New Texas State Court Rules Become Effective March 1, 2013


For the first time, Texas rules permit a motion to dismiss.

On February 12, the Texas Supreme Court released the final version of Texas Rule of Civil Procedure 91a, which (1) establishes procedures for dismissal of civil claims, and (2) provides for the mandatory award of attorneys’ fees to the prevailing party.

Here are the key features:

  • A motion to dismiss can be filed when the cause of action “has no basis in law or fact.” A claim has no basis in law if the allegations, taken as true, together with any reasonable inferences, “do not entitle the claimant to relief.” A claim has no basis in fact if “no reasonable person could believe the facts as pleaded.”
  • The trial court may not consider evidence in deciding the motion.
  • The prevailing party is entitled to an award of costs and fees incurred on the challenged cause of action. In deciding the fee award, the trial court must consider evidence.
  • The filing of a motion to dismiss does not waive a party’s ability to make a special appearance to challenge jurisdiction or move for a venue transfer.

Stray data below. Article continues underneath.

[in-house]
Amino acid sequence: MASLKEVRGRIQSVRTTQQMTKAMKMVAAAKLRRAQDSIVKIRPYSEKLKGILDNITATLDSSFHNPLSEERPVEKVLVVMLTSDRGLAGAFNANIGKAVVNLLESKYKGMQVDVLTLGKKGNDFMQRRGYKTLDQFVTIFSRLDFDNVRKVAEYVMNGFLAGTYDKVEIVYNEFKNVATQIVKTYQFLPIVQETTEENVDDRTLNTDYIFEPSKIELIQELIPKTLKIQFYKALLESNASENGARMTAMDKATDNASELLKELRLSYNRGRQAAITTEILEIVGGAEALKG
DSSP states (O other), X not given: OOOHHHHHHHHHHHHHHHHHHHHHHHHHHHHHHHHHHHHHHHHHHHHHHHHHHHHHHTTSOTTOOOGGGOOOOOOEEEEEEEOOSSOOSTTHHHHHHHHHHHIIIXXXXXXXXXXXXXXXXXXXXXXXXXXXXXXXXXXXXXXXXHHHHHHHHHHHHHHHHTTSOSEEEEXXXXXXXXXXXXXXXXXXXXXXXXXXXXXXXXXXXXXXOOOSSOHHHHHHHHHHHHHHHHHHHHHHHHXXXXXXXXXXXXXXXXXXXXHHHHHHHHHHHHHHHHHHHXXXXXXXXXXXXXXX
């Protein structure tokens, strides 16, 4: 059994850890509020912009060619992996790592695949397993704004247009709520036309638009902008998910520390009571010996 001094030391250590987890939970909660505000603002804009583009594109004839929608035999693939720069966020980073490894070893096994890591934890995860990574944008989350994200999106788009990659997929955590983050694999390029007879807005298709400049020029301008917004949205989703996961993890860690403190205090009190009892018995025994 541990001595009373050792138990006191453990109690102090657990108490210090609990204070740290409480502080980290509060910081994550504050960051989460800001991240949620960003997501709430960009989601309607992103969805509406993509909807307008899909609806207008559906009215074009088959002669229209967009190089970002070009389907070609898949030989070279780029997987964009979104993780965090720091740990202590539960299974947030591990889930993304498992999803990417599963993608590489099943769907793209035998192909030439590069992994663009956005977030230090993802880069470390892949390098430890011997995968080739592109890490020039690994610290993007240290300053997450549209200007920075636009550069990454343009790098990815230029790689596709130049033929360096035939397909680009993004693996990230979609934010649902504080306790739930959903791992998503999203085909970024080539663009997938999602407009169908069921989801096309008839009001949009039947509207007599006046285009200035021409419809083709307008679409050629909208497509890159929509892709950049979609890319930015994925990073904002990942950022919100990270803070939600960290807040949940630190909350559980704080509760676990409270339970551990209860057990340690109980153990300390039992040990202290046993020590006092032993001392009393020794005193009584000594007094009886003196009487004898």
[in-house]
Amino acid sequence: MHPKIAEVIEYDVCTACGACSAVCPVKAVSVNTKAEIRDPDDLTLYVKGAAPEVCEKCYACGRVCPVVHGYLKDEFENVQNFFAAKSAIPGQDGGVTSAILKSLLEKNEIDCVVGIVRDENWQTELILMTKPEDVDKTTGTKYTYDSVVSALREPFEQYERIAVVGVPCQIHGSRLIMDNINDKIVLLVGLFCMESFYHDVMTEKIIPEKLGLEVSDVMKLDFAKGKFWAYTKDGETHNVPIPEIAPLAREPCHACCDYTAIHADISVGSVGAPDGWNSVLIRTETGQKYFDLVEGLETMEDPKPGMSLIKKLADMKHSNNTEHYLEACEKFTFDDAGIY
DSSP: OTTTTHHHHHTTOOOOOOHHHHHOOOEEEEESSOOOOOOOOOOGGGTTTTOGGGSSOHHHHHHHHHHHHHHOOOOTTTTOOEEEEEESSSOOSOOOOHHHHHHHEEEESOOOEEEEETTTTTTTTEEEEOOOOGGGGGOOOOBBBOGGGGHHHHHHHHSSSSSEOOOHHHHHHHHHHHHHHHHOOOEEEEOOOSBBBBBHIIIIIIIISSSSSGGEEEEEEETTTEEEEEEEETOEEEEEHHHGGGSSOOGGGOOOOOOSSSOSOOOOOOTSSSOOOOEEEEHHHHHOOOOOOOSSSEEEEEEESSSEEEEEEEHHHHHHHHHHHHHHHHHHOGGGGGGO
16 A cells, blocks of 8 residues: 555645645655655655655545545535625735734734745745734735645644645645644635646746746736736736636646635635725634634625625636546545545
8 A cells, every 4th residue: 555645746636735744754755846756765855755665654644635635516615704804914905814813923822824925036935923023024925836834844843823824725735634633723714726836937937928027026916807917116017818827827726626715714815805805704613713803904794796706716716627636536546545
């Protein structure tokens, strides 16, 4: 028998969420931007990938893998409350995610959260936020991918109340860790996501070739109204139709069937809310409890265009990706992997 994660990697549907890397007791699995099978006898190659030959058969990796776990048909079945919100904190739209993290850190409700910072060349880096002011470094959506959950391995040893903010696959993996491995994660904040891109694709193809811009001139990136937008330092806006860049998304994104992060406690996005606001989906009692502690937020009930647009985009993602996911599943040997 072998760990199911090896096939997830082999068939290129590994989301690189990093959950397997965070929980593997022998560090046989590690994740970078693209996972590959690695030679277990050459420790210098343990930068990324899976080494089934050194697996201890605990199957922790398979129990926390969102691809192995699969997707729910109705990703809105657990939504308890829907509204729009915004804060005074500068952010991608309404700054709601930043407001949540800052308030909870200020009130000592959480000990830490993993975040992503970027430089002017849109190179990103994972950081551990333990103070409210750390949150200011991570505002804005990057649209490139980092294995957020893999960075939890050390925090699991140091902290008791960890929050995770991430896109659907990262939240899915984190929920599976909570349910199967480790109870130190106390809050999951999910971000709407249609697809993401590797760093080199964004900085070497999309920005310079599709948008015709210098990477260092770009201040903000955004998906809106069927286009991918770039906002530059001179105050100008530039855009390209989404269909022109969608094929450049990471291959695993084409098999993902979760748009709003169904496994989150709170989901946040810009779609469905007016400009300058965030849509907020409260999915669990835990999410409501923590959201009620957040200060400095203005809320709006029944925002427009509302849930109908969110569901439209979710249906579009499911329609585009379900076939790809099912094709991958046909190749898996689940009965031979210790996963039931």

• The rule becomes effective in all pending and future cases beginning March 1.

Here are the timing considerations:

  • Any motion to dismiss must be filed within 60 days of the first pleading containing the challenged cause of action and at least 21 days before the motion is heard;
  • The party opposing the motion may respond up to 7 days before any hearing on the motion or may amend its pleadings or take a nonsuit up to 3 days before any hearing;
  • The trial court must grant or deny the motion within 45 days of its filing, but may not rule on a claim that is timely nonsuited.

What this rule will mean:

  • The fact that the rule includes a mandatory fee award will prevent reflexive usage of motions to dismiss. But for those willing to risk a fee award, the option to shut down meritless claims early in a case should prove popular.

Other New Rules Effective March 1, 2013

  • The Texas Supreme Court also issued final rules providing for expedited consideration of certain cases seeking total damages of $100,000 or less. Under these rules, qualifying lawsuits are subject to discovery limitations and must be set for a streamlined trial within 90 days after discovery closes. As part of these changes, Rule 47 was amended to require greater specificity of damage pleadings in all civil suits.
  • The Texas Supreme Court approved a new form for all civil court filings.

To see the full text of the new rules click here.

For more information, please visit the Business Litigation or Appellate pages of the Haynes and Boone, LLP website or contact one of the attorneys below.

Nina Cortell


David H. Harper


Anne M. Johnson



Ryan Paulsen



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